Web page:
5. Refrigerate or soak your carved pumpkins overnight. If you live in a warmer area, rather than leaving it out on the porch at night, you could try to extend the life of your jack-o-lantern by putting it in the fridge or a large bucket of cold water. Before putting it in the fridge each night, spray the inside of the pumpkin with the peppermint soap mixture again and then wrap it in a trash bag so that it gets the chance to rehydrate.

You can bet on it! The Farmer’s Almanac notes that there are many insects that eat pumpkin, but two of the biggest threats are cucumber beetles and squash bugs, both of which attack pumpkins at all stages of growth. But when it comes to a jack-o-lantern, your biggest bug problem will be fruit flies, which is why you’ll want to set a trap somewhere near your pumpkin to keep the pests away from your masterpiece.

Not exactly a bug but still a major problem for people who like pumpkins, powdery mildew is a fungal disease that affects the leaves of pumpkin plants, so it’s only a problem if you are growing your own pumpkins. The white, powdery mold is pretty easy to spot: It grows on the tops of pumpkin leaves, eventually killing them, and it can also interfere with how the pumpkin ripens. If you see powdery mildew developing on your pumpkins (or any of the plants in your garden, for that matter), there’s a simple, natural remedy that’s been proven effective at treating powdery mildew: Spray milk on it! You can also skip the issue altogether by planting only varieties of pumpkins that are powdery mildew resistant, or PMR. Can carved pumpkins stay inside?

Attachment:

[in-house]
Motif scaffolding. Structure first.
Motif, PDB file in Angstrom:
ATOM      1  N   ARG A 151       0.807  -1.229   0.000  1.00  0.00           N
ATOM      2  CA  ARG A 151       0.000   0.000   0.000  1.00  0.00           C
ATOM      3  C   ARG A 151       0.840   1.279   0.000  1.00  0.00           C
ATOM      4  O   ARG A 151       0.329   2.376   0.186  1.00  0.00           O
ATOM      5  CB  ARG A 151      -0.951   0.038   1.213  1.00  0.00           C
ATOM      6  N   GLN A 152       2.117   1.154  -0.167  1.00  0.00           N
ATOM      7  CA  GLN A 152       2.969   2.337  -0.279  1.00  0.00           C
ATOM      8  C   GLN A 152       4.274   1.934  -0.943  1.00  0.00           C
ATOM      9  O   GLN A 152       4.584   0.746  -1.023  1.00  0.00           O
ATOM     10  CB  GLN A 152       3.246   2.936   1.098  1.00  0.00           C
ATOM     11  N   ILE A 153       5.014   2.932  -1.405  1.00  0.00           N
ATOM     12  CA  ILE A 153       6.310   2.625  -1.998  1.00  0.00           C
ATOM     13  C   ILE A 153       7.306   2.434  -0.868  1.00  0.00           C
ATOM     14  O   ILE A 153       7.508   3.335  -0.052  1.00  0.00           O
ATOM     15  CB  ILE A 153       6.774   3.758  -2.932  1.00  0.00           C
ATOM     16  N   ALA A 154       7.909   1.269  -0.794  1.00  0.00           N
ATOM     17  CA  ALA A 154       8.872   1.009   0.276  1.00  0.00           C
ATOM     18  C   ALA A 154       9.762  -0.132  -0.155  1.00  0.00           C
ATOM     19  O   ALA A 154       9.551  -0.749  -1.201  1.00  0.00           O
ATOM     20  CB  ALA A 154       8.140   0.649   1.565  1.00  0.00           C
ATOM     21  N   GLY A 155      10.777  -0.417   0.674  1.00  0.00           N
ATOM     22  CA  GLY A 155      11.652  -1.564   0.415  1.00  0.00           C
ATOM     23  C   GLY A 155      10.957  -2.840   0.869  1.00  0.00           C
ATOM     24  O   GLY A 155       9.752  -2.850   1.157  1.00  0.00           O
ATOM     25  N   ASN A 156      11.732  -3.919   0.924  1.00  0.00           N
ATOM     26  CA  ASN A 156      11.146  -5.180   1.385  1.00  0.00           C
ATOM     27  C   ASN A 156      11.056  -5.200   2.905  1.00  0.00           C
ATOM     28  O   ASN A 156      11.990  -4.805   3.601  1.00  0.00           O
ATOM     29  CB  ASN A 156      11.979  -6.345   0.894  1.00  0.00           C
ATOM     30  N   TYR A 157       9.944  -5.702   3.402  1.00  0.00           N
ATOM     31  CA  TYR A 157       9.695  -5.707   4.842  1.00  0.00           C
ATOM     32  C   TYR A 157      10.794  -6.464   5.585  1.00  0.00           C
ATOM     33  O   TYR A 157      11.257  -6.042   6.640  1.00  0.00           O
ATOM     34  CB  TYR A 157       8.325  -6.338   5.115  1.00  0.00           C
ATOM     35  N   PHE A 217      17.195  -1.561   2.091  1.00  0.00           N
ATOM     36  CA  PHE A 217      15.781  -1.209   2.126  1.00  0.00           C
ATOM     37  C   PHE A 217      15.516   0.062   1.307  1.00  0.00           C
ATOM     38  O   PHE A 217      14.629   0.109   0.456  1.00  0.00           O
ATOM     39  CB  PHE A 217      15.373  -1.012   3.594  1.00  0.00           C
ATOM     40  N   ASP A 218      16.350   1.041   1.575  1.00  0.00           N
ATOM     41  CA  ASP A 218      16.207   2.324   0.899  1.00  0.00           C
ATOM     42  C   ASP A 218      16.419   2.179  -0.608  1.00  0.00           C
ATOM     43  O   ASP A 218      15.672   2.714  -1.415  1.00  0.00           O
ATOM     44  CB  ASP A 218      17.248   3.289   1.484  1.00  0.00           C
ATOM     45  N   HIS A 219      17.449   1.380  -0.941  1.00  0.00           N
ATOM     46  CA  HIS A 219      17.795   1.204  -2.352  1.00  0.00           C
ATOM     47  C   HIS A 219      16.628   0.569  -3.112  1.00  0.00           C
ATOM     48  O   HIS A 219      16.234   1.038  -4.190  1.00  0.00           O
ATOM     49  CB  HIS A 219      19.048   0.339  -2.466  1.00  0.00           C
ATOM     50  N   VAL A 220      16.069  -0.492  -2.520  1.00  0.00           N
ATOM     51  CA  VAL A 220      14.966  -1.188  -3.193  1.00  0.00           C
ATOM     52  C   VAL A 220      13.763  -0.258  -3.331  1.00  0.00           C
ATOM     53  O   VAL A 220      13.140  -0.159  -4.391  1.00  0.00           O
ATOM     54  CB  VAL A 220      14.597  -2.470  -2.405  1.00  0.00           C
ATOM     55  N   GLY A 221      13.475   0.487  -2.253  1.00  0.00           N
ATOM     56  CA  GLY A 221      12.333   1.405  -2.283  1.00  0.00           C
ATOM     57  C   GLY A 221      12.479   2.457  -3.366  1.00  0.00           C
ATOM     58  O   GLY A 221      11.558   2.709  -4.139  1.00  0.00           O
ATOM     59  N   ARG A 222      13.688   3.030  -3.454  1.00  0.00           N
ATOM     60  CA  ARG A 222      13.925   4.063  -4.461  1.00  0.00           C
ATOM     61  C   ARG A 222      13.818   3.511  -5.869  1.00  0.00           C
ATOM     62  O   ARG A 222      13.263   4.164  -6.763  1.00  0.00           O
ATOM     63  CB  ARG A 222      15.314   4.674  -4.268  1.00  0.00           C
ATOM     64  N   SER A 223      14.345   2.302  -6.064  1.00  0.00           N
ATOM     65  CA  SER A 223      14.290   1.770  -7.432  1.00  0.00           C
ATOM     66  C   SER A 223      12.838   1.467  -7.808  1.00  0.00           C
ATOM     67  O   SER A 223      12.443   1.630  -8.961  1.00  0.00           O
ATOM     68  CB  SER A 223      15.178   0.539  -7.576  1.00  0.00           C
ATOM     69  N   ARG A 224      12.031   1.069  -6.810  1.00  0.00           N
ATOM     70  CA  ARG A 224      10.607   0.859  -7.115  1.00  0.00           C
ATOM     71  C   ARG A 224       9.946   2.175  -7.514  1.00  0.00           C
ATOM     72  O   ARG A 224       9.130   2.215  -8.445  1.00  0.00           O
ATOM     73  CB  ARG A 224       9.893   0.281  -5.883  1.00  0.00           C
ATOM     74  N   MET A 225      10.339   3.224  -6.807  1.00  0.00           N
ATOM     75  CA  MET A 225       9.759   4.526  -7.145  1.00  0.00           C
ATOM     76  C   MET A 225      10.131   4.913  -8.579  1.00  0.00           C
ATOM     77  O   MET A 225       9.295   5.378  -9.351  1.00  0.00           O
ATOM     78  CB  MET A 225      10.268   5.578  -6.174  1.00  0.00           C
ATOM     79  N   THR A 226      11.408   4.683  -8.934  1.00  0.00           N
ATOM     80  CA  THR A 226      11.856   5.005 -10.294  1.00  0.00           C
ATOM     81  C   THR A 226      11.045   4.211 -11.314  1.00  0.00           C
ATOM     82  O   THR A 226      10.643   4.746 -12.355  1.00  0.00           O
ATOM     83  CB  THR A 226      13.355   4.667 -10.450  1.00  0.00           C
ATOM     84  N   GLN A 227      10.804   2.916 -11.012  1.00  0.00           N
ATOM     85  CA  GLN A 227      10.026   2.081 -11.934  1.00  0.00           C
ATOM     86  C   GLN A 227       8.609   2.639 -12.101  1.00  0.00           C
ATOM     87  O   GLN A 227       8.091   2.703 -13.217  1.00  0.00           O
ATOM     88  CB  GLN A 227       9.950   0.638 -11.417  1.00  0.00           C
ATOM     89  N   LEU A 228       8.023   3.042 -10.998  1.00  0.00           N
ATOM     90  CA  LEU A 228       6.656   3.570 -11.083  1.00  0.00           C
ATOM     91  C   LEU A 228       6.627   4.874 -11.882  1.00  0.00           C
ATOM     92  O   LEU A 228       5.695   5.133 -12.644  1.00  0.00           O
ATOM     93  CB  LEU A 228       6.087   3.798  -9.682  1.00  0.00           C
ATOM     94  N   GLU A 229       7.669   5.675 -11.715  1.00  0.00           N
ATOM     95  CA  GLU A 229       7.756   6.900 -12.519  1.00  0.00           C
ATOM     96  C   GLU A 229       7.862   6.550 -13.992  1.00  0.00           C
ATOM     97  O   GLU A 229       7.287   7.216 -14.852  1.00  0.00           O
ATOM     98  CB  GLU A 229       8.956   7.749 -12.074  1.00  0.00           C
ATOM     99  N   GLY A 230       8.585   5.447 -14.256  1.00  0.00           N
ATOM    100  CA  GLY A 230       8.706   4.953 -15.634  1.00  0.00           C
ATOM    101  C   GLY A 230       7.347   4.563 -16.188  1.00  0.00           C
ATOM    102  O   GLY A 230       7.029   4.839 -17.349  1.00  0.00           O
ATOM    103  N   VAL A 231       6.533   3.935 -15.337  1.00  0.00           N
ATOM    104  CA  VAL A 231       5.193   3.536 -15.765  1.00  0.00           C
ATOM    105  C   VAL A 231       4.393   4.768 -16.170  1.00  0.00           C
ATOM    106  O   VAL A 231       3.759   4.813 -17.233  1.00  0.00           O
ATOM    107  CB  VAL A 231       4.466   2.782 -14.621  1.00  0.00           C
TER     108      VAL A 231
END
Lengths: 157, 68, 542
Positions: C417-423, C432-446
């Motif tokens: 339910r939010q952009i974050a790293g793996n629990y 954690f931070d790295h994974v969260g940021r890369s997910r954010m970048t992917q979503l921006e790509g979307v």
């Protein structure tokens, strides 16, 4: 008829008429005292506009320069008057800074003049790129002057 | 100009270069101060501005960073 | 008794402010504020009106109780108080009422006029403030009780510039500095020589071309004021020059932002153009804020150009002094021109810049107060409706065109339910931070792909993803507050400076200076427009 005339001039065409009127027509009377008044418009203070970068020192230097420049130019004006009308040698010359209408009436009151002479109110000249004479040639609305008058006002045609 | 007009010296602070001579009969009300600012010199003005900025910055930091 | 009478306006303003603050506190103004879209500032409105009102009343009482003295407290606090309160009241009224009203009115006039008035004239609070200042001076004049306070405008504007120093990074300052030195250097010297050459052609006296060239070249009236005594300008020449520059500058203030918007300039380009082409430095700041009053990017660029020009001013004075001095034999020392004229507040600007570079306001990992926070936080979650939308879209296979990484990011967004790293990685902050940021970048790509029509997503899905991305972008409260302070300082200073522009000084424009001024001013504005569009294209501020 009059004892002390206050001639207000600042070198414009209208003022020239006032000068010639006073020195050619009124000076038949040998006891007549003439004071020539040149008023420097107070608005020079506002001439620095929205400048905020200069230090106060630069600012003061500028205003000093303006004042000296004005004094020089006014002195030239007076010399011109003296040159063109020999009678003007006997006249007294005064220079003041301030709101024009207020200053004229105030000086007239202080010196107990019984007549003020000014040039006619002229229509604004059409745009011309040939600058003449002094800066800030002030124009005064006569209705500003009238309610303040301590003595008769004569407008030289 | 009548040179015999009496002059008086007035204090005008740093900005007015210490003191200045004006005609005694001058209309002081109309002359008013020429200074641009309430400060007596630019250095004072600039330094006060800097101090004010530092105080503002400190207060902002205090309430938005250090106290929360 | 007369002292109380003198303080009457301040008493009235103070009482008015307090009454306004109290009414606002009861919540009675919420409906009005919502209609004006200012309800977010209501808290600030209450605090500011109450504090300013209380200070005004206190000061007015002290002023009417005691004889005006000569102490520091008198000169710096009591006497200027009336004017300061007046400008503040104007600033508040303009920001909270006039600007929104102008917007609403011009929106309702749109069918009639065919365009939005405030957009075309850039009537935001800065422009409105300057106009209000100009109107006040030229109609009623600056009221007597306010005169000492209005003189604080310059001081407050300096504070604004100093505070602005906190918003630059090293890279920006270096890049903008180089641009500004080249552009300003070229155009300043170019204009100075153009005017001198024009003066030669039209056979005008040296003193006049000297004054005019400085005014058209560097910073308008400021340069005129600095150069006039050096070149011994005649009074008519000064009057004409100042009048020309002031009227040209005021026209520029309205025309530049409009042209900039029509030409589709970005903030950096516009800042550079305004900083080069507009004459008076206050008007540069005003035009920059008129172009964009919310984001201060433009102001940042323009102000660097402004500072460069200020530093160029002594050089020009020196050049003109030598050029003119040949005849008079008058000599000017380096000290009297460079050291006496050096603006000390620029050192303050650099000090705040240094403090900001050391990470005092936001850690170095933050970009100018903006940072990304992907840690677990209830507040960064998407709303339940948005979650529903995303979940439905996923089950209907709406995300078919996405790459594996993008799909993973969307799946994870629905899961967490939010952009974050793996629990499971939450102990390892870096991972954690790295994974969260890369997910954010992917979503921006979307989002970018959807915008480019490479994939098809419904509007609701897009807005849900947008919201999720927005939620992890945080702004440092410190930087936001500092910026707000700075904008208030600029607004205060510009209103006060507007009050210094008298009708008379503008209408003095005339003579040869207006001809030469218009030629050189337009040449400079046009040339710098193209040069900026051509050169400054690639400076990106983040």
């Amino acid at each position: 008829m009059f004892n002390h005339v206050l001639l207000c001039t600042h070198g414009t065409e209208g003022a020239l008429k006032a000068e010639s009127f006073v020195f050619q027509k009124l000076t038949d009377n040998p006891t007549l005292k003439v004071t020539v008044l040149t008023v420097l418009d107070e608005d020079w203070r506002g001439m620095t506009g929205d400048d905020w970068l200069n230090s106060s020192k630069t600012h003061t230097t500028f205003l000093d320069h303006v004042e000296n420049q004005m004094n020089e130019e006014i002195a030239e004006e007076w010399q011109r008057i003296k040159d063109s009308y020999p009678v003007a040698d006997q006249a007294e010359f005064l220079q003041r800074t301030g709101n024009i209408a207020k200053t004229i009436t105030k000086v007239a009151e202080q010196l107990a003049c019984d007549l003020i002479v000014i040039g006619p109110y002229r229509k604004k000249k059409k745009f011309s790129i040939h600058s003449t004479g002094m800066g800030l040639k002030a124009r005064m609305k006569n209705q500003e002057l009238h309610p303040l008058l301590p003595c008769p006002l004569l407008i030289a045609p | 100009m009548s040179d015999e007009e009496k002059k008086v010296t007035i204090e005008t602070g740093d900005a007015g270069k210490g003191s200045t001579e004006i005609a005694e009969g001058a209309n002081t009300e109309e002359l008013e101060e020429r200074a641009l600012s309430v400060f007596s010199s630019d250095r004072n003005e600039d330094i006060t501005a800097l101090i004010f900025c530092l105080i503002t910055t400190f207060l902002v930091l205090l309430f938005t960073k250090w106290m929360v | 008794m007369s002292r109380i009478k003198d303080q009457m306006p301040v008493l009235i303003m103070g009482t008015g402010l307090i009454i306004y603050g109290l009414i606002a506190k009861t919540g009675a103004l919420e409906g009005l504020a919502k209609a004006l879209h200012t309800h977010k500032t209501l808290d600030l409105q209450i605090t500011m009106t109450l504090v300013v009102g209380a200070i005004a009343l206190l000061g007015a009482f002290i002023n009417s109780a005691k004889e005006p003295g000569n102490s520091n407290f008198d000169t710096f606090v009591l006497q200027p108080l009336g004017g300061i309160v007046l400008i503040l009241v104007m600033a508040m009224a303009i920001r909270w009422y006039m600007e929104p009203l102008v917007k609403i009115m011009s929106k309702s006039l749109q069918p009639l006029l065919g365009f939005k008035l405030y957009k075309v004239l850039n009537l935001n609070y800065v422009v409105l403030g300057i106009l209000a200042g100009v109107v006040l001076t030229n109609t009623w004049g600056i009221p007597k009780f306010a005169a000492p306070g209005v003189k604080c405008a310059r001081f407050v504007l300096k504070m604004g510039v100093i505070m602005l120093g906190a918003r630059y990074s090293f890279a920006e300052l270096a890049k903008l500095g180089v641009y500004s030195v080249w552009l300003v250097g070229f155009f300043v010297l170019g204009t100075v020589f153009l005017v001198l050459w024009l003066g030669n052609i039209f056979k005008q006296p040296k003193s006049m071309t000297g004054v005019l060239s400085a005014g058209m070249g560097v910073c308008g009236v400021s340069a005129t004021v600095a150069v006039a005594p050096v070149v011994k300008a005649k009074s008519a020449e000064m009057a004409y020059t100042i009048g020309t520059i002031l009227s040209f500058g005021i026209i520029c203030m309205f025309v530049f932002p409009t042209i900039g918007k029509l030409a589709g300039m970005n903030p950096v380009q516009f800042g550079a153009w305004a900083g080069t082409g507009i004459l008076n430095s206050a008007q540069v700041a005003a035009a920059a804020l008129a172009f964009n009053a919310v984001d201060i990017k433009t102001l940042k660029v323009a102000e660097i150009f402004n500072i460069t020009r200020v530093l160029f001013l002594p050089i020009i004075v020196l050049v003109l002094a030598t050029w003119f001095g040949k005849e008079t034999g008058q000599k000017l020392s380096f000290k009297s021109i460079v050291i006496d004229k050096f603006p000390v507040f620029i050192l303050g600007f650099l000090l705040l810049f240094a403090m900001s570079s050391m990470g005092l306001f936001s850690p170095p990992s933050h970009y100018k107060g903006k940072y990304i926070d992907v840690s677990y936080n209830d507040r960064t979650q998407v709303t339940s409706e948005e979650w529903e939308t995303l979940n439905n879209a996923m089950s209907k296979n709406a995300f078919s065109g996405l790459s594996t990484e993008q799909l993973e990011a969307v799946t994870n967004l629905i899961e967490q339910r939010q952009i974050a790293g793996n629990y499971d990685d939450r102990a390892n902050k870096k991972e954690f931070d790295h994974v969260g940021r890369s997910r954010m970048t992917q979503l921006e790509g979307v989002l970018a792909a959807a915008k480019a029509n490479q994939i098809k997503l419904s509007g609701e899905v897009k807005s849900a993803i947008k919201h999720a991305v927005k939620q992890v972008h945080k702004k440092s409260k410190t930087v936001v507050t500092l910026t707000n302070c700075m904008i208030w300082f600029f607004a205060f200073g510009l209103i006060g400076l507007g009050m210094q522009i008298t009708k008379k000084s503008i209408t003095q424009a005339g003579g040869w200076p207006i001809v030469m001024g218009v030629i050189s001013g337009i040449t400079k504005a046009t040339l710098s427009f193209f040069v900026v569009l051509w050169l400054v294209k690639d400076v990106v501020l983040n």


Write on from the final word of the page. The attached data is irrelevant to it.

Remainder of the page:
How long are carved pumpkins good for naturally? Well, the answer to that depends on the temperature in your area. Many people have done tests to see when is the earliest they could carve a pumpkin before Halloween, and the general consensus appears to be about five days before October 31. If you live in a cooler area and plan to care for your precious pumpkin as if it were your own child, you might be able to schedule your carving sesh a little sooner, but we wouldn’t recommend any earlier than a week before Halloween. Why are carved pumpkins called jack-o-lanterns, anyway?